Essential Snowboard Maintenance
Once you’ve found the right snowboard, you want to take good care of it. That way, you can enjoy every ride.
Follow these tips for essential snowboard maintenance, and you’ll get the most of each turn:
How to Wax a Snowboard
There’s nothing like a freshly waxed snowboard. You can easily do it yourself to get a smooth surface with as little drag as possible.
First, wipe the bottom of your board with a rag and some rubbing alcohol.
Then, using a heated waxing iron, drip some wax onto the surface of the board. A zig-zag pattern of drips across the surface will be plenty.
Run the waxing iron the length of the board. Move steadily to make sure the wax is spread evenly without lingering so long that the surface blisters.
Let the board cool completely.
Run a wax scraper the entire length of the board to remove excess wax. Hold the scraper firmly at a 45-degree angle. Repeat until no more wax shavings come off. Then use the short side of your scaper to get the edges.
Using a waxing brush, wipe the length of the board. Then follow that with a softer bristle brush or Scotch-Brite pad to give it the perfect finish.
How often do you wax a snowboard?
You should do it after a few full days of boarding. You can also take a look at your board. If it looks dull with an uneven finish—or if it feels like it’s dragging when you ride on flat surfaces—give it a wax.
How to Set Up Snowboard Bindings
Setting up your own bindings is a great way to get to know your board and customize it to your preferences. All you should need in addition to the hardware that came with your board is a screwdriver (usually a Phillips head).
First, decide which is your lead foot. Then place your board with the tip on the side of your lead foot. The logo will tell you which end is the tip.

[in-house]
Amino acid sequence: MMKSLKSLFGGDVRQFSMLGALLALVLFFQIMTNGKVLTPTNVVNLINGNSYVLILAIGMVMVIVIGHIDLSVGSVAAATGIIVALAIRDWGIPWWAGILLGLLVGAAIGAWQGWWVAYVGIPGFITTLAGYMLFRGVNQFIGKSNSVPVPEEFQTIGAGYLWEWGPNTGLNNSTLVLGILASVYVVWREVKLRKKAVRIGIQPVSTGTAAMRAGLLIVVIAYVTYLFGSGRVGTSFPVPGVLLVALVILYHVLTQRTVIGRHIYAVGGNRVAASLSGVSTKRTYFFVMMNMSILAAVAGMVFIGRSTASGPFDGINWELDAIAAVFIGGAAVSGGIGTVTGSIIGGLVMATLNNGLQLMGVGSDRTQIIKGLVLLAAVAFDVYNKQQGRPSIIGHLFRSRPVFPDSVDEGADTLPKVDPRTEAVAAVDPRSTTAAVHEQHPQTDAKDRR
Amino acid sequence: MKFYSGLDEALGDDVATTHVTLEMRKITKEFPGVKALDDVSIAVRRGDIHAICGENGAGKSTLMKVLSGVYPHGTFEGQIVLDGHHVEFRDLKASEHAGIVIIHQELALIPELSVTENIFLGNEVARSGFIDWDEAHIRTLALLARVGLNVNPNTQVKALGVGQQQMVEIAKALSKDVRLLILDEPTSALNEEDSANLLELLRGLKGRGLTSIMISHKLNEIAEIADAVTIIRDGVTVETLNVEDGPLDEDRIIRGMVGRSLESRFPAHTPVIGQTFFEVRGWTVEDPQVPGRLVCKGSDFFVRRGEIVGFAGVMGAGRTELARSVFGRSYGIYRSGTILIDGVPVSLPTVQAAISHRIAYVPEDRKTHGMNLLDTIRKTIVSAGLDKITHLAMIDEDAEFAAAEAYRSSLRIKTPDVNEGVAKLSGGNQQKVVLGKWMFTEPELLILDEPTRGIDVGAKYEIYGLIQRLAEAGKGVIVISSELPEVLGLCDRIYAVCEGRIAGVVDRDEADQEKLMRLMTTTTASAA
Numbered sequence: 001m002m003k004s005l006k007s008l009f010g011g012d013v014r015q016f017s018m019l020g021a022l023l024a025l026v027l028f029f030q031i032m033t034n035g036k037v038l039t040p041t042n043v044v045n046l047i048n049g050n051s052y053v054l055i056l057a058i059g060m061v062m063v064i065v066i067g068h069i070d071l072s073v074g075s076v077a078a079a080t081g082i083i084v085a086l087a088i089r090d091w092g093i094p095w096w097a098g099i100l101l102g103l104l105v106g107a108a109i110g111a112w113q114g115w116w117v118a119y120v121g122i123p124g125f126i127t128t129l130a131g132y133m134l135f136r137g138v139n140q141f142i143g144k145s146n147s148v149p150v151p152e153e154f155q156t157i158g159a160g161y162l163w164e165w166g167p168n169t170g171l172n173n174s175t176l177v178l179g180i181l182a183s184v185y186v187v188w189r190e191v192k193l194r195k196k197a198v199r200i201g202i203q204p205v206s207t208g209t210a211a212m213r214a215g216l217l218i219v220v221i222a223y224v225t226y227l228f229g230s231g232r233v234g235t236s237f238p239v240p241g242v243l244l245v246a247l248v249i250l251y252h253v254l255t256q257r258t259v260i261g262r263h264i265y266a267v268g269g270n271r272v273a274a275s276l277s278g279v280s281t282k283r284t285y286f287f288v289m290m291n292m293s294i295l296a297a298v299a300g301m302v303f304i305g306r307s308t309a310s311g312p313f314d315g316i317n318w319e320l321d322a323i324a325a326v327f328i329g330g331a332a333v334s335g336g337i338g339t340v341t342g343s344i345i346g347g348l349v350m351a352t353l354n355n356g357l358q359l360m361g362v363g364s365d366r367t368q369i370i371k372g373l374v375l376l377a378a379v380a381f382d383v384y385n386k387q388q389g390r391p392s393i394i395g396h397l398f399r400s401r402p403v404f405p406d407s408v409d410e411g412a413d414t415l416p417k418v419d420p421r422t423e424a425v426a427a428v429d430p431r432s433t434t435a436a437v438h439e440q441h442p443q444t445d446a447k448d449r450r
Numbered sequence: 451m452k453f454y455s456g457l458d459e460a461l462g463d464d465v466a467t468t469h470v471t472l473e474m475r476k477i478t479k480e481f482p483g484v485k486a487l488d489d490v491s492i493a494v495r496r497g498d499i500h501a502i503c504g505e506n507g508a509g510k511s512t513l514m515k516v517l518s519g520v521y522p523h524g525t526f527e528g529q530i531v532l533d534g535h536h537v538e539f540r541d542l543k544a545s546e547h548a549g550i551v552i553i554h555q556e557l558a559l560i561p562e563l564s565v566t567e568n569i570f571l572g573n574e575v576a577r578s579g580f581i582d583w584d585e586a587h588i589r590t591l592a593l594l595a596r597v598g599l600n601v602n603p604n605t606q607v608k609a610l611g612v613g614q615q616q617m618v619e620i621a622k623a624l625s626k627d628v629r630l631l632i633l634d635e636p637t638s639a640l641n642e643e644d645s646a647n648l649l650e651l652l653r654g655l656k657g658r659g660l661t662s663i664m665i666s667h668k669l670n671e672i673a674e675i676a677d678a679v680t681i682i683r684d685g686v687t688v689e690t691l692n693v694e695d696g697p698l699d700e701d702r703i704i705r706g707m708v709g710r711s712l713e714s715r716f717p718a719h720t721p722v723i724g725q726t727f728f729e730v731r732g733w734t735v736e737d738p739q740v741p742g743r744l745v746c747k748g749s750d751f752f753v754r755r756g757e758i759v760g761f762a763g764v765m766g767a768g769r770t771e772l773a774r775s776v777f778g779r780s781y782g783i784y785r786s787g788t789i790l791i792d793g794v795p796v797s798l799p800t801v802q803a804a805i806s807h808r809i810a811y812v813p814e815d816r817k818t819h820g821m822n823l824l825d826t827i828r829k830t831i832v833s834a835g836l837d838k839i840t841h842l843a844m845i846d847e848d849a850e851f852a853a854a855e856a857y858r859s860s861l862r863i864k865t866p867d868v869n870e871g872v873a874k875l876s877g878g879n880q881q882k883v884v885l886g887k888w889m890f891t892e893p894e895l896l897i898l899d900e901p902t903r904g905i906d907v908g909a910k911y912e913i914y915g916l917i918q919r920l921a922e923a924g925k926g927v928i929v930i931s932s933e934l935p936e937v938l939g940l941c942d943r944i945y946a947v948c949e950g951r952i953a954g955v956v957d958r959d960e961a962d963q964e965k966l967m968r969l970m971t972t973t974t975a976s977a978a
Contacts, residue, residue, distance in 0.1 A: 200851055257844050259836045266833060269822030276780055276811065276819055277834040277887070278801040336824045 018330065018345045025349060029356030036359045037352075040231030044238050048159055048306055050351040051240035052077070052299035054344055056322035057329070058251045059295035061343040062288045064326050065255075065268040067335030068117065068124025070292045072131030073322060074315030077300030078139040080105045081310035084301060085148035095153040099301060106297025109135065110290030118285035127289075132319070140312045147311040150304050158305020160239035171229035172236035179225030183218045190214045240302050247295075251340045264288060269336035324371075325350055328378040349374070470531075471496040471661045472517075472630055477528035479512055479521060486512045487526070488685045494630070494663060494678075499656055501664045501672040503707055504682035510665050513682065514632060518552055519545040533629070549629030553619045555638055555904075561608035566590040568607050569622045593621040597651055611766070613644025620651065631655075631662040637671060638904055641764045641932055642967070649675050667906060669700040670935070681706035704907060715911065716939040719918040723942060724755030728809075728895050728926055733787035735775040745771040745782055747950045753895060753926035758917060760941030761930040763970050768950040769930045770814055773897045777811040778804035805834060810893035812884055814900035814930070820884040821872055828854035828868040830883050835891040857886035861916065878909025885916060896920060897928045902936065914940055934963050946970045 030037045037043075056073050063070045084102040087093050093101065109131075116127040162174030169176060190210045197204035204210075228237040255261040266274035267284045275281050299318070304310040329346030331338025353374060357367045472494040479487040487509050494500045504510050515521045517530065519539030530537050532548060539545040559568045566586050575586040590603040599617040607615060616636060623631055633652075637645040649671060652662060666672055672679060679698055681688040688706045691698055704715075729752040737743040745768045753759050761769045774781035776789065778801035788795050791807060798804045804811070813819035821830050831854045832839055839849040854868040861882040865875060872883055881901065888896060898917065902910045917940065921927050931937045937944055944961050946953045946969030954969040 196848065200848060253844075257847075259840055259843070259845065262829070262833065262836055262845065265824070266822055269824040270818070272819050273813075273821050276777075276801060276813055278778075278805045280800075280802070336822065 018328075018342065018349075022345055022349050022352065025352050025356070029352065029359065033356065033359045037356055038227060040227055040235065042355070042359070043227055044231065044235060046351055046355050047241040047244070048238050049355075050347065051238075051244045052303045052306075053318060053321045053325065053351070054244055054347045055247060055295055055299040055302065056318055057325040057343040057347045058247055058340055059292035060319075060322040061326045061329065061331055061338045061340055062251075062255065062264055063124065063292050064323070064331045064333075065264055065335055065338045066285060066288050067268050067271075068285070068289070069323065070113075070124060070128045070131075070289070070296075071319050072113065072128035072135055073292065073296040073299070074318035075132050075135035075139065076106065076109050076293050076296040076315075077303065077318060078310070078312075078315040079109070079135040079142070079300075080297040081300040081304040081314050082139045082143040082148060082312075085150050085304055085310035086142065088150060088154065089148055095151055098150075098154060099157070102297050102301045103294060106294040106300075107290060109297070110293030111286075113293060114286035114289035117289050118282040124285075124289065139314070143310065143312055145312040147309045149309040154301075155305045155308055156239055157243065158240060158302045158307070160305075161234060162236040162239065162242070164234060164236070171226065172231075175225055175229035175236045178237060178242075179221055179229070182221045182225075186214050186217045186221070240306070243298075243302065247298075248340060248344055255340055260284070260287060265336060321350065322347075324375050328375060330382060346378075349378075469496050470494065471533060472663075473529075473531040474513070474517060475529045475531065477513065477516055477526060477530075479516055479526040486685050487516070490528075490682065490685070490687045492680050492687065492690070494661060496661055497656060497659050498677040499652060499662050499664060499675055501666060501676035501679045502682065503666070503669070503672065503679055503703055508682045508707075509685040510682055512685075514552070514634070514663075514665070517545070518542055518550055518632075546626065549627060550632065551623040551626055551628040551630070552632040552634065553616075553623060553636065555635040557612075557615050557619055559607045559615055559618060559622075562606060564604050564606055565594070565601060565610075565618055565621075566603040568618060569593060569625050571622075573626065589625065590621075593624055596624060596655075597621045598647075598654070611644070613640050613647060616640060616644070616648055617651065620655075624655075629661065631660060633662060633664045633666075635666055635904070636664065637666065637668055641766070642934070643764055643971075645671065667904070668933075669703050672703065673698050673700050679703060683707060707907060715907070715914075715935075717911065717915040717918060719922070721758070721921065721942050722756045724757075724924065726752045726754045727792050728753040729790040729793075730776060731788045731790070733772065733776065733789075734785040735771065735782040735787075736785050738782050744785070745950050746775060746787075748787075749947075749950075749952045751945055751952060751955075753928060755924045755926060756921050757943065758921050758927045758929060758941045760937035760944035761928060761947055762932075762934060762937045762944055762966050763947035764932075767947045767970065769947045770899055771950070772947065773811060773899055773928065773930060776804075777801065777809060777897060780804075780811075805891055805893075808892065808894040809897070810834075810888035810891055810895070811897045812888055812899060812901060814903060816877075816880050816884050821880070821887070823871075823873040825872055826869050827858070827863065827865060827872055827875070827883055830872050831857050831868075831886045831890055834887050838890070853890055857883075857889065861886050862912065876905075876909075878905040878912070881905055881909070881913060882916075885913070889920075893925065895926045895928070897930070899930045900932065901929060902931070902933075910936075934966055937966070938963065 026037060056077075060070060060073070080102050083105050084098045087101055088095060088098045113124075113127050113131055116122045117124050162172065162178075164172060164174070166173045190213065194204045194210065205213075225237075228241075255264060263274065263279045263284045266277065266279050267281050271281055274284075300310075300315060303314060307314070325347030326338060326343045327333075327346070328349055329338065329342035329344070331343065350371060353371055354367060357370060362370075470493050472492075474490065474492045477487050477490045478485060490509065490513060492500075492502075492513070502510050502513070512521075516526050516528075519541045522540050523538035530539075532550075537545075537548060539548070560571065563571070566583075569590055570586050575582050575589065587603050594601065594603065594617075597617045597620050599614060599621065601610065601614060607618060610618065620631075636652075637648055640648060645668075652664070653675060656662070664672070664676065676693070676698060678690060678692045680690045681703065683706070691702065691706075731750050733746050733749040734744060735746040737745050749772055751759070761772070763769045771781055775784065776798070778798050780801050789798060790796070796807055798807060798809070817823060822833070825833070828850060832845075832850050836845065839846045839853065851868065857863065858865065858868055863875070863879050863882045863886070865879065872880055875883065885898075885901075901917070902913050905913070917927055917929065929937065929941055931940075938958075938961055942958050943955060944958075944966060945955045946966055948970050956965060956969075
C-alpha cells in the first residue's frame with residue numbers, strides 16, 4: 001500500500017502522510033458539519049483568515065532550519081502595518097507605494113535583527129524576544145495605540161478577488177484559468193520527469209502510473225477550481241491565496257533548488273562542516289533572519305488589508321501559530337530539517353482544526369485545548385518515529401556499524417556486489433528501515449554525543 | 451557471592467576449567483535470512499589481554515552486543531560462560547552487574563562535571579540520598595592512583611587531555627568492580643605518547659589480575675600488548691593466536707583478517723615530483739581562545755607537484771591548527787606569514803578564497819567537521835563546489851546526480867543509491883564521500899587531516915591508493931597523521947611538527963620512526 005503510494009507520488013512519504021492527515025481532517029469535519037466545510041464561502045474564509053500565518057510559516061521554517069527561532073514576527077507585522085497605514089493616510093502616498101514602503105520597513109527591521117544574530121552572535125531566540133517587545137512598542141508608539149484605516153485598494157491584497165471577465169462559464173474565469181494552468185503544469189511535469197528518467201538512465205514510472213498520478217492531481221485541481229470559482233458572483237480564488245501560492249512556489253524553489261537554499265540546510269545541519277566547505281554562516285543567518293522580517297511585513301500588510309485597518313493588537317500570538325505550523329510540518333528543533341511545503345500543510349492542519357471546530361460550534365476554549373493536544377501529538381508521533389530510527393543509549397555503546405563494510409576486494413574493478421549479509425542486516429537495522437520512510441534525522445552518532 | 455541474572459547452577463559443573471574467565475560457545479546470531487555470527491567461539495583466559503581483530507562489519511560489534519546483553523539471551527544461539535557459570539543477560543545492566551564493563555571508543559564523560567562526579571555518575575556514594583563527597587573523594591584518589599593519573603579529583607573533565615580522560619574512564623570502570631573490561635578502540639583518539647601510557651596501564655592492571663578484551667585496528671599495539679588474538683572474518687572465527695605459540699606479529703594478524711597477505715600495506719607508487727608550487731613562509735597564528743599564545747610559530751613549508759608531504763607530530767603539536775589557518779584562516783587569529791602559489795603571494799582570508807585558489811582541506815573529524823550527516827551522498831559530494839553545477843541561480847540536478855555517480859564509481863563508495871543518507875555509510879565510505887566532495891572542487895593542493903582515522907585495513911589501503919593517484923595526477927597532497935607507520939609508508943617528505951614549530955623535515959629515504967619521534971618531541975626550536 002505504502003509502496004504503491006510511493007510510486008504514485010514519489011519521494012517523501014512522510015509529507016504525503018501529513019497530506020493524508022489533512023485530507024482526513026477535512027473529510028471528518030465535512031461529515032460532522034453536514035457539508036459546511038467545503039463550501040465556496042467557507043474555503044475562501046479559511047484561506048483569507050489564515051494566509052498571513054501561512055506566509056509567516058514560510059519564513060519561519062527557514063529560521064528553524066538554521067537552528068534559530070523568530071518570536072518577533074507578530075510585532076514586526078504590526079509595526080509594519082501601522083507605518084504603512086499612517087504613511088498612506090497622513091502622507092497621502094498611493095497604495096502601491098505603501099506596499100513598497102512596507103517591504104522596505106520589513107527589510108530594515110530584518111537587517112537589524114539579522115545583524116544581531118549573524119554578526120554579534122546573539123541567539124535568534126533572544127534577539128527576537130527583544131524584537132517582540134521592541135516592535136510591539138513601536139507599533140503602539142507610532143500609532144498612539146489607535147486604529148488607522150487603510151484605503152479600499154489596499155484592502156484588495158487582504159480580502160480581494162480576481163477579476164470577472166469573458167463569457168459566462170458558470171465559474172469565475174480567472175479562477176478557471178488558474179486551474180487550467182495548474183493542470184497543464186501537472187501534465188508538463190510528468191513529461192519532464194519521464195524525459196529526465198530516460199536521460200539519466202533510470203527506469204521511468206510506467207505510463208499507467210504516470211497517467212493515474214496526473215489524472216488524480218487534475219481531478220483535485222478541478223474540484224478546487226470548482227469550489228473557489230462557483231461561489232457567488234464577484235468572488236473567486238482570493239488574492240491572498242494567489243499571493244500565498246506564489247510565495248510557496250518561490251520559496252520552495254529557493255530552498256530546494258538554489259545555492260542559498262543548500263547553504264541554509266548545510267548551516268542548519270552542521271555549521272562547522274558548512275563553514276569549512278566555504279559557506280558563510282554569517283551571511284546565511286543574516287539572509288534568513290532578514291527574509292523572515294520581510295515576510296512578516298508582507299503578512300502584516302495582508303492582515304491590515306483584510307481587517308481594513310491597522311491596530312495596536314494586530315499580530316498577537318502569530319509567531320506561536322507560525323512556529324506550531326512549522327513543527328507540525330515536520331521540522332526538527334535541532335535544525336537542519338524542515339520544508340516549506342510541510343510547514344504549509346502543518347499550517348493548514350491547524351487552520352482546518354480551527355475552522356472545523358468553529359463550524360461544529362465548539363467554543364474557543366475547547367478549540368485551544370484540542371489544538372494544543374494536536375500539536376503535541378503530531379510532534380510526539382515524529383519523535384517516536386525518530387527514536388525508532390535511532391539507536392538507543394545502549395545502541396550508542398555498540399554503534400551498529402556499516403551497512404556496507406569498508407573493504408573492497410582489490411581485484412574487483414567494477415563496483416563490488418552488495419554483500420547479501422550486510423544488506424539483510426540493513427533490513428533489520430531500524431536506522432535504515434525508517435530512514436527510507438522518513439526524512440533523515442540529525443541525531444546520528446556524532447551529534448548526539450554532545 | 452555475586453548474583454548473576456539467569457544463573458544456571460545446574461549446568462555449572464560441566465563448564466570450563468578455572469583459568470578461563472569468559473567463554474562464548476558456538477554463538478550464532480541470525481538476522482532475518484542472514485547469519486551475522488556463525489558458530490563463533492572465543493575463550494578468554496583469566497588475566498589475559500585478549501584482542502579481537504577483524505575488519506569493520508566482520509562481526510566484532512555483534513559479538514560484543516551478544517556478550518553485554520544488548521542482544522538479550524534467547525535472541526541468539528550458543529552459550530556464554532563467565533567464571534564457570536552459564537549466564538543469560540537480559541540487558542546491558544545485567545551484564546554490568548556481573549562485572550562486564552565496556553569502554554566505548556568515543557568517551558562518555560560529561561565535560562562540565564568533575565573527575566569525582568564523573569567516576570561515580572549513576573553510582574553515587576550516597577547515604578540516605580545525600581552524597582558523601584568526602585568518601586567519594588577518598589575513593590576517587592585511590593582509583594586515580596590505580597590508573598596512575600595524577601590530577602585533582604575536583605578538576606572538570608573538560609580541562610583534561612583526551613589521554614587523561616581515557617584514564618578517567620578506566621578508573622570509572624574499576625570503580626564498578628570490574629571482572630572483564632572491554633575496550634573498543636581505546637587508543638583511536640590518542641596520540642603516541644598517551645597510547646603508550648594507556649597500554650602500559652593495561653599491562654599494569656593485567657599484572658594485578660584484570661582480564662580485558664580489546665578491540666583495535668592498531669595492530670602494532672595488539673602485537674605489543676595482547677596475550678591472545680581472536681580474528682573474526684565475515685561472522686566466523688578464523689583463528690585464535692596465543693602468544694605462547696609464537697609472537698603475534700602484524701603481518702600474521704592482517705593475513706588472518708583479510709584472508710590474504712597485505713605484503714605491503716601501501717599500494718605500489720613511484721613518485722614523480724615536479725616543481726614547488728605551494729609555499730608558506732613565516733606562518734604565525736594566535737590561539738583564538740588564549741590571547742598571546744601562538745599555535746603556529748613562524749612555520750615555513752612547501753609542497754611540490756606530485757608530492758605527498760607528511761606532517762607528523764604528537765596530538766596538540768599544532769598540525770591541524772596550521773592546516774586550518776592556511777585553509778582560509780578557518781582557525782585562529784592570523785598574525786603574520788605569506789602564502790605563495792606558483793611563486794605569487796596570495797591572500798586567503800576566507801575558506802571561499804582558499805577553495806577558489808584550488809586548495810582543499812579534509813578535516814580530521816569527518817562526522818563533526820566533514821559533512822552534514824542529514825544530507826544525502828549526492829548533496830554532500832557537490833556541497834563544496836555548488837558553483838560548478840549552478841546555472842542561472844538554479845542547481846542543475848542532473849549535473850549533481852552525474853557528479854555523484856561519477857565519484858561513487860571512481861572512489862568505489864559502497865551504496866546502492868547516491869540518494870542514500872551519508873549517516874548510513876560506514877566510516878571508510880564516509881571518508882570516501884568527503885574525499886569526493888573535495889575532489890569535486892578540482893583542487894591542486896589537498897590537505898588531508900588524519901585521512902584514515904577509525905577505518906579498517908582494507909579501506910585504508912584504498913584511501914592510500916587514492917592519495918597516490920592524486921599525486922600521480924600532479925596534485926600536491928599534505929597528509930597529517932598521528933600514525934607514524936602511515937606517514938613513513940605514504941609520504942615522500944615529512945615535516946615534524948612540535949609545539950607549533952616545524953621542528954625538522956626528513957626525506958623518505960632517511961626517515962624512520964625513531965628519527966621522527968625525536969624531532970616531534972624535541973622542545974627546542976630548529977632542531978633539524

Place the mount over the screw holes and decide what angle you want your front foot to be angled toward the tip. Use the angle guide on the mount. A good starting place is 15-18 degrees.
Once you have the position set, lightly screw in the screws. Before tightening them, place your boot in the binding to ensure it doesn’t hang over too much, especially at the toe. Once you are satisfied with the placement, tighten the screws without overtightening.
Repeat the same steps with the rear foot, but opt for a lower degree of rotation toward the back, about six to eight degrees.
How to Sharpen Snowboard Edges
Learning how to sharpen snowboard edges can be intimidating when doing it for the first time. But it’s actually fairly straightforward. If your board has significant damage to the edges, you should take it to your favorite shop for work.
First, prop up your snowboard–bindings down and level. If you have a vice, great. If not, you can use two stacks of books or similar objects.
Then, lightly run a rag along the edge to feel for knicks and dings (to avoid cutting yourself). Once you’ve found the spots that need the most sharpening, go over them with your diamond stone to smooth them out. Only contact the edge and not the surface of your board.
Use a gummy stone to work out rust.
Once the trouble spots are worked out, take the diamond stone and run it along the entire edge of your board from tip to tail. Hold it at an angle to create the sharp edge you’re after, and try to move the stone at a steady pace with even pressure.
Finally, add some rubbing alcohol to the rag and run it along the board’s edge to remove shavings.